Colors: This model is often presented with a bright/light blue upper part. This is completely wrong, not only on this model, but on all models that represent a ship before the 1800's. Before the 1800's chemical colors, as we now them, were unavailable. Color was made by mixing natural pigments with oils or fat. These pigments were difficult to obtain, expensive and would quickly fade in the harsh sunlight. Especially blue was a notorious color. It was for a long time one of the most expensive colors available. The only "blue" available was Indigo. Indigo is a very dark blue (it leans to black). Your jeans is colored blue with indigo. So a bright blue on the ship is highly unlikely. If it was blue, it should be a very dark and dull blue (look at Anja's Half moon, she has it right). A greenish-blue would also be possible. But to paint such a large surface would be extremely expensive, so the most likely color would be black. There are some models presented this way.


The guns: the guns on the upper deck are way to "decorative". The carriages will be changed to a much more practical form. 


Other issues: the mid-deck should be longer and the forward gun ports should be positioned more outward. As are the outhouses and some other small details.

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I've got the SF on my shelf (hoping to build one day) I've known of the historical accuracy questions so it will be interesting to see where your research leads you. I've also got the Lusci book.


Good luck



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I spend last week making the fore deck. On the left you can see the kit part. The new deck with the new gratings is not yet glued into it place. It needs some more work. The kit deck planks were of a low quality. Not all the strips were straight and all of them had fuzzy edges. I ordered at Online Hobbies (out of business) new 3mm wide strips and got razor sharp edges. (photo made with my iphone)


After a lot of experimenting with caulking methods took some time before I was satisfied with its results. Downside: have a drawer full of pencils & leads. TIP: don't sand your decks when using pencils for caulking; scrape them instead. I used a single edge razor blade And got a glass smooth finish!





The first planking with the (re-done) gun ports. They are still not in the right place. So parts of the planking and gun port cutting will be re-done. I'm still thinking about the method. 

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I found some extra parts that I ordered. I completely forgot about them. I ordered them at Double O laserservice. I now they had lots of parts for other models as well. At the moment they are not listed at their site so I don't now if they are still available. The parts are laser engraved wood and replace the etched brass parts. I think they look great.78CF4C7E-9C8D-4F4F-A216-0FFA38F0E5CB-414







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I have the same kit as you do. First I completely agree with your comment about the older kit being the better one. I also have the double laser parts. they make a big difference. I got a good price for her off Ebay. But as I started to do the research that you mention I got discouraged about yet another fantasy of history. I will follow your build with interest!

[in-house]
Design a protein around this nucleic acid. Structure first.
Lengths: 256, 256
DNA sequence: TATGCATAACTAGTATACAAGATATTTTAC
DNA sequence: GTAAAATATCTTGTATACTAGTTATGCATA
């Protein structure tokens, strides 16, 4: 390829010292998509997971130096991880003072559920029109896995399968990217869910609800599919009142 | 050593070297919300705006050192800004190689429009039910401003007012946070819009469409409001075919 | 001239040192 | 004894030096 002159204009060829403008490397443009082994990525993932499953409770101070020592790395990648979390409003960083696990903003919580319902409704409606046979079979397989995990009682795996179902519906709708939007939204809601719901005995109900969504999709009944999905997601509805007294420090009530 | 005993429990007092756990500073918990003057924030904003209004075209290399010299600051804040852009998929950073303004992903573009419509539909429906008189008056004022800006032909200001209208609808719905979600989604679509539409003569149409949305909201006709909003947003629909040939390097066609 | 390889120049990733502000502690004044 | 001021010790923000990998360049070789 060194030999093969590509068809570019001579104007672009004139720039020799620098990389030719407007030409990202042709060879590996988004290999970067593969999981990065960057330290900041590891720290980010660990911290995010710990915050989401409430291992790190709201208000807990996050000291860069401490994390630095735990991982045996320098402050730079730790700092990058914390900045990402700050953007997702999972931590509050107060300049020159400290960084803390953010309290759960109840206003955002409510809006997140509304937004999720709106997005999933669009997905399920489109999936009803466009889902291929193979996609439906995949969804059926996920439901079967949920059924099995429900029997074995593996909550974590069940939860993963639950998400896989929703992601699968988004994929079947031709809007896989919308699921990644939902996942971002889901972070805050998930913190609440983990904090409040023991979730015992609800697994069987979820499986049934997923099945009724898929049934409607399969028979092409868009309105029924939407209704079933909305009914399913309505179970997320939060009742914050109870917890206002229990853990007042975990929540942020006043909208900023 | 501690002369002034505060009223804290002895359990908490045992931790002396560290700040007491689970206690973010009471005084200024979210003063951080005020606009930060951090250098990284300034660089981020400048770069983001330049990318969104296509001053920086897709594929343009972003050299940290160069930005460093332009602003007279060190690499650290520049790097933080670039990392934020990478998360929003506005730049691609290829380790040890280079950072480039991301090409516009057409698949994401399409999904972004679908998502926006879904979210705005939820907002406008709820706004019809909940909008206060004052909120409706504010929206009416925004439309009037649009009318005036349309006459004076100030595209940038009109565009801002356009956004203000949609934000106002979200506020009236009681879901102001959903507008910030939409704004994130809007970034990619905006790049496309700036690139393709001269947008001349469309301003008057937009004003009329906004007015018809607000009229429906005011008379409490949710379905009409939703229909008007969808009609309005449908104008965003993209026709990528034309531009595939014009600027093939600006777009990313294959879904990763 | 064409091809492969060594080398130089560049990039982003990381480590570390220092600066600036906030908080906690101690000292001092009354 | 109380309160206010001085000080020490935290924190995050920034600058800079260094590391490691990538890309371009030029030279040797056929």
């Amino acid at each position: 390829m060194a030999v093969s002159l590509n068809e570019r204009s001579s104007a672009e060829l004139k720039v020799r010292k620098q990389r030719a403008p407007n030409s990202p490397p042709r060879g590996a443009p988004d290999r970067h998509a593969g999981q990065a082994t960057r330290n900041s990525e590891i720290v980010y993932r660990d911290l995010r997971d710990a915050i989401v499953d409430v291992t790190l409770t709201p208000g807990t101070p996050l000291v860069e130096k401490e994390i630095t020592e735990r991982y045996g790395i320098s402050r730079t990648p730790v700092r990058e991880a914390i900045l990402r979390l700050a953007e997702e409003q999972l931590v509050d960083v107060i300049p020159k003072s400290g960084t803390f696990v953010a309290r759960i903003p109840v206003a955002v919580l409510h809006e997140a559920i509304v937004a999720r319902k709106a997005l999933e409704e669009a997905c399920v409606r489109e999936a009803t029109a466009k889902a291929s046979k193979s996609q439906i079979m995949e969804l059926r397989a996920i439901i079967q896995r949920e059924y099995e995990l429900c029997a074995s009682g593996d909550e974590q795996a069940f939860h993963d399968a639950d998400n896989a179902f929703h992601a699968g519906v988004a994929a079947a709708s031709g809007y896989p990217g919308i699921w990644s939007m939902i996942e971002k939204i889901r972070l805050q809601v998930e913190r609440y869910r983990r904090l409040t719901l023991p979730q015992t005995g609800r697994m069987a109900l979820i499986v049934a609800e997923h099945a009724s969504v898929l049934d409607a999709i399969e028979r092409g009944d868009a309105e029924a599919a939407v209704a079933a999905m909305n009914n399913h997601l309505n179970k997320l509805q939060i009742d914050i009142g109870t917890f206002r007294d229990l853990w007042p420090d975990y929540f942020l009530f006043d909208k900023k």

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I do wonder if they based the model on the French Royal Louis. As far as I can ascertain, Spain was in decline for most of the 17th Century, and the largest ships she produced seemed to have no more than 70 guns at most.


San Felipe certainly looks like it is based on a vessel built during the last quarter of the 17th Century.

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Hi Chris. The Royal Louis crossed also my mind. I have the Royal Louis kit from Mamoli (funny story how I got it) but the resemblance between the two models is far apart. Personally I don't think that this is the case. However; the Royal Louis has some features (like the live stock pens) that got me thinking.

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After a lot of thinking on how to solve the wrong gunport locations I finally had the guts to tear out some planks for the 2nd time! This is how it looks now.



I also ripped out the pieces you're supposed to mount the gun barrels on. Whatever I tried I can't get the mounts and the gun ports aligned. I'm still thinking of a method but since I'm a bit stuck, suggestions would be welcome.

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I think Chris refers to the 1668 Royal Louis. It is very reminiscent. I have the Mamoli Royal Louis partially built and that is imo the sexiest looking ship  B) from all the manufacturers. The Mamoli Royal Louis is claimed to be from 1780 but it looks more like that 1758 one.



Royal Louis 1668


Edited by demonborger
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Hi Nigel


Thanks for the input although I couldn't find the link you refer to I can imagine what you mean. I also came up withe that idea.


I'm also thinking about some sort of "sub" decks. On these I can mount blocks with the gun barrels attached. By filing more or less material of the blocks I can precisely position the height of the barrel. This was the method used on the Mantua Victory I build a long time ago.

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Yes, found it..... That is the same solution as I came up with.


But I thinking more and more in the direction of a kind of "decks". I have to determine de lowest point of the 2 gun decks and build just under that point a ledge/platform on which I can mount (trough the gun port) blocks with the gun attached to.

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I'm using the newer plans for my scratch build of the San Felipe....gun port placement was a HUGE concern for me, but luckily the horizontally placed wood strips cover so much area that it made it much easier. Page 6 & 9 of my build log show the unpainted and painted strips.

Good luck!!!

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  • 3 weeks later...
  • 2 weeks later...

At last the new decks are in. Now I can start with the re-planking. This is the third time I plank this part. I really start to hate this boring job. Hope to finish it soon so I can start with the fun parts.


Photo made with my phone, so not the best quality.